Municipal drinking water consumption in the United States has declined by 5% this decade, marking the first time in nearly 40 years that water use at home has decreased. Total freshwater withdrawals this decade continue to decline in almost every sector including agriculture, industrial, domestic, and thermoelectric. This is primarily due to increased efficiencies and the reduction in withdrawals for retired coal-fired power plants.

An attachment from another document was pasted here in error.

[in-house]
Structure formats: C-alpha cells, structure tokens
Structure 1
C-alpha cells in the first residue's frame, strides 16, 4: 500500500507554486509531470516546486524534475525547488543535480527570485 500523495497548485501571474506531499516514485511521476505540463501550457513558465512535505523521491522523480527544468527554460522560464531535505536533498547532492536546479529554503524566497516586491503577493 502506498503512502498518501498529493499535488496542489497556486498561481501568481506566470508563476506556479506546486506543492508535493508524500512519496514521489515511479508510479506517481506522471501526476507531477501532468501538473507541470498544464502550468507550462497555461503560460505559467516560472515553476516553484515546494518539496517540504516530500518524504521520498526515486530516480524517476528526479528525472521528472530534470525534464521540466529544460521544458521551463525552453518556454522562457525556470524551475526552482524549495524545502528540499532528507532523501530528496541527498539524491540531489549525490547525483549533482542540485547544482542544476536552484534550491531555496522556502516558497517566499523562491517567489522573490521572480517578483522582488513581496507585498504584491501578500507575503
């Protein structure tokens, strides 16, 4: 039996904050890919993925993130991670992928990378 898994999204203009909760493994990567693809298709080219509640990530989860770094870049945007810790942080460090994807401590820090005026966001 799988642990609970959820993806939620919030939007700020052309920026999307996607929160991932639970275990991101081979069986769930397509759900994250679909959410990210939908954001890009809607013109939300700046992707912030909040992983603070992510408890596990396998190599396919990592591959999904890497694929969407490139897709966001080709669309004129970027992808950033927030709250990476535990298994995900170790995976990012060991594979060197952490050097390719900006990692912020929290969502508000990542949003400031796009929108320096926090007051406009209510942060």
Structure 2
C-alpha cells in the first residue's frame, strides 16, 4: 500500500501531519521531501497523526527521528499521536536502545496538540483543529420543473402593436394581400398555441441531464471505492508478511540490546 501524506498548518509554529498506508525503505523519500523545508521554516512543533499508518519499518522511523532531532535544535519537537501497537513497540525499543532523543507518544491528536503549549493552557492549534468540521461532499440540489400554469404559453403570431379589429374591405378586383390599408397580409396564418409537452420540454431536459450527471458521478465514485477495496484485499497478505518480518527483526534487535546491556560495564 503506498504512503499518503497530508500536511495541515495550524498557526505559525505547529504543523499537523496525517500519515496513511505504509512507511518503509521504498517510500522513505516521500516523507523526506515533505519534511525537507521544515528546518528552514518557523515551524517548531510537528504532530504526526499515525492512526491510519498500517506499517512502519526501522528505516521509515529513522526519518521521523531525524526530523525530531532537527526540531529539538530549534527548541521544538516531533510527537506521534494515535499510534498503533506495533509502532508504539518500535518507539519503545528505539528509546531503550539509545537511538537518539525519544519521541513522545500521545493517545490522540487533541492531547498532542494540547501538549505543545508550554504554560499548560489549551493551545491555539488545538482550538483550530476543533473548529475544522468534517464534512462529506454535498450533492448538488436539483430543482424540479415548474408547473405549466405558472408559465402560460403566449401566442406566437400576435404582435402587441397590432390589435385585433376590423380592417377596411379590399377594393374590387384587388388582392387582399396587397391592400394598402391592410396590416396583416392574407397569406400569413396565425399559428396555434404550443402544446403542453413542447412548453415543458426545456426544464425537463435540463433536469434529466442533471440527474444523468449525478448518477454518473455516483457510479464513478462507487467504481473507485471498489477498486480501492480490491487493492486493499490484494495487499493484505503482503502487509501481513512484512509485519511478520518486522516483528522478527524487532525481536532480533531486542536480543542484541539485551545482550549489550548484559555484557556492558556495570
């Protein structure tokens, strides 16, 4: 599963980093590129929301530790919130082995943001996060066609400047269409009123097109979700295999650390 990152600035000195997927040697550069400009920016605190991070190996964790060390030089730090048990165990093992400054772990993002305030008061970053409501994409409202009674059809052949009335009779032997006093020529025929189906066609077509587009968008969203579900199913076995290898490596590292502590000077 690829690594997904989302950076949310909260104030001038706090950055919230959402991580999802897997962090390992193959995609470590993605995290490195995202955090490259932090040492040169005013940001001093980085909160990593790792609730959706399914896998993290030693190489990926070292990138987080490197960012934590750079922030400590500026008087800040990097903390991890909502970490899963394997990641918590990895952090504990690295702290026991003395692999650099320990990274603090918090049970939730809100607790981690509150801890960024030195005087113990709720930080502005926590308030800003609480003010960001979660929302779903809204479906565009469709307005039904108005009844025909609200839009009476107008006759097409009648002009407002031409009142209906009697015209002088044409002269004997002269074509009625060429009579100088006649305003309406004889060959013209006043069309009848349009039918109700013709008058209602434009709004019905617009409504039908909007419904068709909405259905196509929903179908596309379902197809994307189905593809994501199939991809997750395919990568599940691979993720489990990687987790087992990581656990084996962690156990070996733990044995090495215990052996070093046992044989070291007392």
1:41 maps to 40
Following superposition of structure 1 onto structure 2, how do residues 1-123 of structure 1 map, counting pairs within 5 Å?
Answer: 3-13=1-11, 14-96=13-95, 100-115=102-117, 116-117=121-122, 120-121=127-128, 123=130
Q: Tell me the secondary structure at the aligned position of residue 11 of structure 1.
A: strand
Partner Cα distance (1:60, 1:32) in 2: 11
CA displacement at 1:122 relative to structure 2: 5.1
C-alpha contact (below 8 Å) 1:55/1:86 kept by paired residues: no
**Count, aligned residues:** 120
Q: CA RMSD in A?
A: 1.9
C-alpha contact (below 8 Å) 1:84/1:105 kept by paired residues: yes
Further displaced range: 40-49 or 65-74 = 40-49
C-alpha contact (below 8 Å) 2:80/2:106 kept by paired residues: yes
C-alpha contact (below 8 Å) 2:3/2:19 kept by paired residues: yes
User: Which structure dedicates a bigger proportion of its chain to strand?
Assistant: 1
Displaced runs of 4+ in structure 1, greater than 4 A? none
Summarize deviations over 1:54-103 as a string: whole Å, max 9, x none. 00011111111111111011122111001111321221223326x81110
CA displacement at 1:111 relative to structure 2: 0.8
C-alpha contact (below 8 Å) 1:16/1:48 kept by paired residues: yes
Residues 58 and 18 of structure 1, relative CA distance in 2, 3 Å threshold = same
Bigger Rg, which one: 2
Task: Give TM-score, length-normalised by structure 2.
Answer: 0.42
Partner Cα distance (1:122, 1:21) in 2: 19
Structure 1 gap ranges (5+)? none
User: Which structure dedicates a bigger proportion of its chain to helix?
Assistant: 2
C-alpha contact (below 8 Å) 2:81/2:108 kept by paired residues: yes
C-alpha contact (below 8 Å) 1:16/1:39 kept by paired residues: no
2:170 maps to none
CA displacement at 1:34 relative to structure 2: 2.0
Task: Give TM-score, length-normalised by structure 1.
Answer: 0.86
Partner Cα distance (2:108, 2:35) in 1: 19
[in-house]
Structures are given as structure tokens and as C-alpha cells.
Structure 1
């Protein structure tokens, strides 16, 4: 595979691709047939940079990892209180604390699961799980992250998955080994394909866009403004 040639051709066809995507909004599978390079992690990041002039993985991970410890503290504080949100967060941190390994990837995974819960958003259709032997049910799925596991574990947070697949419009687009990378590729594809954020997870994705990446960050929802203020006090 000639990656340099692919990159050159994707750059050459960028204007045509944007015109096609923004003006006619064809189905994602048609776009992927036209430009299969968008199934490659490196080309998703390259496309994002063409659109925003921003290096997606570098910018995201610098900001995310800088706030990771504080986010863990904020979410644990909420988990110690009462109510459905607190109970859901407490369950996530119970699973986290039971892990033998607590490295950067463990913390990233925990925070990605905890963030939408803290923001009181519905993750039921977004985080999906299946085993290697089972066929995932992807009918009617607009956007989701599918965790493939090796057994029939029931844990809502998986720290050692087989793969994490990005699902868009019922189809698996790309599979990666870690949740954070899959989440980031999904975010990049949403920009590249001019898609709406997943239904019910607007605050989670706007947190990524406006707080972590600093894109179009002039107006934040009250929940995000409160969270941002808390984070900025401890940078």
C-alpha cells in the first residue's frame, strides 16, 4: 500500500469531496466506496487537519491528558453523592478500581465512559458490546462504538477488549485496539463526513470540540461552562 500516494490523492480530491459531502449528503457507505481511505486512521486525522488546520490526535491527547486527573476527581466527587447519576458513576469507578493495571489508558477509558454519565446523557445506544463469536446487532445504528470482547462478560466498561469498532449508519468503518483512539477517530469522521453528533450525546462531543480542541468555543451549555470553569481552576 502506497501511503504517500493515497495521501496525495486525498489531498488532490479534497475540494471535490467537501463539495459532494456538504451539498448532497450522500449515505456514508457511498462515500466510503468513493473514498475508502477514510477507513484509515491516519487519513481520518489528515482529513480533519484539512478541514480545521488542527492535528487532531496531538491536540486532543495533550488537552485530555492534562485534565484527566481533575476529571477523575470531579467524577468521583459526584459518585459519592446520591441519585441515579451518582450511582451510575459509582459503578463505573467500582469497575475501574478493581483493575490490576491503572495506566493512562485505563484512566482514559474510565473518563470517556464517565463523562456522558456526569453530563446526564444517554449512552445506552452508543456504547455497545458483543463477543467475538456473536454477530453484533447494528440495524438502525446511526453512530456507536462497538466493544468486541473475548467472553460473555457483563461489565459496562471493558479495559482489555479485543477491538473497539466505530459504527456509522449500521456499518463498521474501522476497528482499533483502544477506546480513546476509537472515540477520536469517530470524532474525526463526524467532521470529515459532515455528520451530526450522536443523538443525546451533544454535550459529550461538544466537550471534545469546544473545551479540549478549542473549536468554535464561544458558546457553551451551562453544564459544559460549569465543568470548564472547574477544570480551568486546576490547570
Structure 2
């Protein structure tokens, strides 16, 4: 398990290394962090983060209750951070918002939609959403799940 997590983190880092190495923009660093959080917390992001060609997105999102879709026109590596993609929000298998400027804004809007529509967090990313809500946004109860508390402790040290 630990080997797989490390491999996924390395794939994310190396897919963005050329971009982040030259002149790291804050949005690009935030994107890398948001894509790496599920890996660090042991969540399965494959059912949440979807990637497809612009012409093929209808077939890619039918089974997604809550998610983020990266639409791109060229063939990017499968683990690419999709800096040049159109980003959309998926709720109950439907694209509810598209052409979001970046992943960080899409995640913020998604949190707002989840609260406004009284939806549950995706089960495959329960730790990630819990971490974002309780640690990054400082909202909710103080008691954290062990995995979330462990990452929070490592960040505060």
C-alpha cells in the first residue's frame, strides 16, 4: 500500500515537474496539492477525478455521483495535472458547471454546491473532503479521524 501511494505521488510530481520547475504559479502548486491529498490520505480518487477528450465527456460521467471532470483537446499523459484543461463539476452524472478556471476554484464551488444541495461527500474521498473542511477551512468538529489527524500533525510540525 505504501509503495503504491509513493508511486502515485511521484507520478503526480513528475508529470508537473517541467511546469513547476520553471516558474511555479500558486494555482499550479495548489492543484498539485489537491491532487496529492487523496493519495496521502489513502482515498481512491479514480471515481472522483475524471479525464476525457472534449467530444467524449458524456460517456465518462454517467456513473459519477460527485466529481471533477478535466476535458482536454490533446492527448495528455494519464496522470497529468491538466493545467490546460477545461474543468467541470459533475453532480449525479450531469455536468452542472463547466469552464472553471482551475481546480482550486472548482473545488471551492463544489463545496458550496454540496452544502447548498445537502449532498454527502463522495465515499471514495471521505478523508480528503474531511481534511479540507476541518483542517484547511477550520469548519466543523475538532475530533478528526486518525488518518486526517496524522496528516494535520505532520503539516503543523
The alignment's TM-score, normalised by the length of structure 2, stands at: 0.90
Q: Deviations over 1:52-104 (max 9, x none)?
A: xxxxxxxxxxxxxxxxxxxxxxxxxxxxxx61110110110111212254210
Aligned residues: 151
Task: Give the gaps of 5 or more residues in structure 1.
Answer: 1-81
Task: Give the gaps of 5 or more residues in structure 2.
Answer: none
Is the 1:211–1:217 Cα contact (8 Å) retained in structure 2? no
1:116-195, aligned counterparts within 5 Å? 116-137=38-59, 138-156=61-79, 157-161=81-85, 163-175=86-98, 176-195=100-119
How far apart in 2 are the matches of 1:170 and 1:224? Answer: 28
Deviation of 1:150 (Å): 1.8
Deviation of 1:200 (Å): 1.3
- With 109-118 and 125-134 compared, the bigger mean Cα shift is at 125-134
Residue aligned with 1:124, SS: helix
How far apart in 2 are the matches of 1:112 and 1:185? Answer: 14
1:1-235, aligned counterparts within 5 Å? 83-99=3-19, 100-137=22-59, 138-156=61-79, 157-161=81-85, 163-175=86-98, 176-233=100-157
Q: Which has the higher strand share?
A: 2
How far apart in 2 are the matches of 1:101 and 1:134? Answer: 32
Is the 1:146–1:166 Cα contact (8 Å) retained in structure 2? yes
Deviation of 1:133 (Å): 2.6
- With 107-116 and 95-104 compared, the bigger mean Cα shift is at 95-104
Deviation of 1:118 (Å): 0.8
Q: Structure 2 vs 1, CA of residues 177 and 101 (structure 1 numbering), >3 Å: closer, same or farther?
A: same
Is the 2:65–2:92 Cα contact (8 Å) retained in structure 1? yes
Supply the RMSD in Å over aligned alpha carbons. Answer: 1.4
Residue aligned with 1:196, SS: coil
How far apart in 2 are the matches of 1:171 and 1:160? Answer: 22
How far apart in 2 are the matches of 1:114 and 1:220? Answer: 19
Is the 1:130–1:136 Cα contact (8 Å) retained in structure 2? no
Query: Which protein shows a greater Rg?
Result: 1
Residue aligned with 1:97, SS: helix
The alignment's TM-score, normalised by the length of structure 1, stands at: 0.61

Drinking water needed for public supply in the United States has been relatively flat since 1985 even as the population has increased by approximately 70 million people over the same period. Water conservation efforts, including through water efficient fixtures, have had a significant impact in reducing per capita water usage. Importantly, while per capita demand has fallen, population trends have significantly challenged how cities manage water. For example, the Government Accountability Office estimates that 99 of 674 midsized cities in the U.S. are shrinking. This poses significant challenges to utility managers; fewer rate payers and a declining tax base make it difficult to raise funds for capital infrastructure plans. To respond, utilities must raise rates, often in cities where jobs and pay have not kept pace with the economy, putting a burden on those who can least afford rate increases. Conversely, in areas of the country that are growing, such as the West and Southwest, water managers must respond to increased overall demand.Back to Drinking Water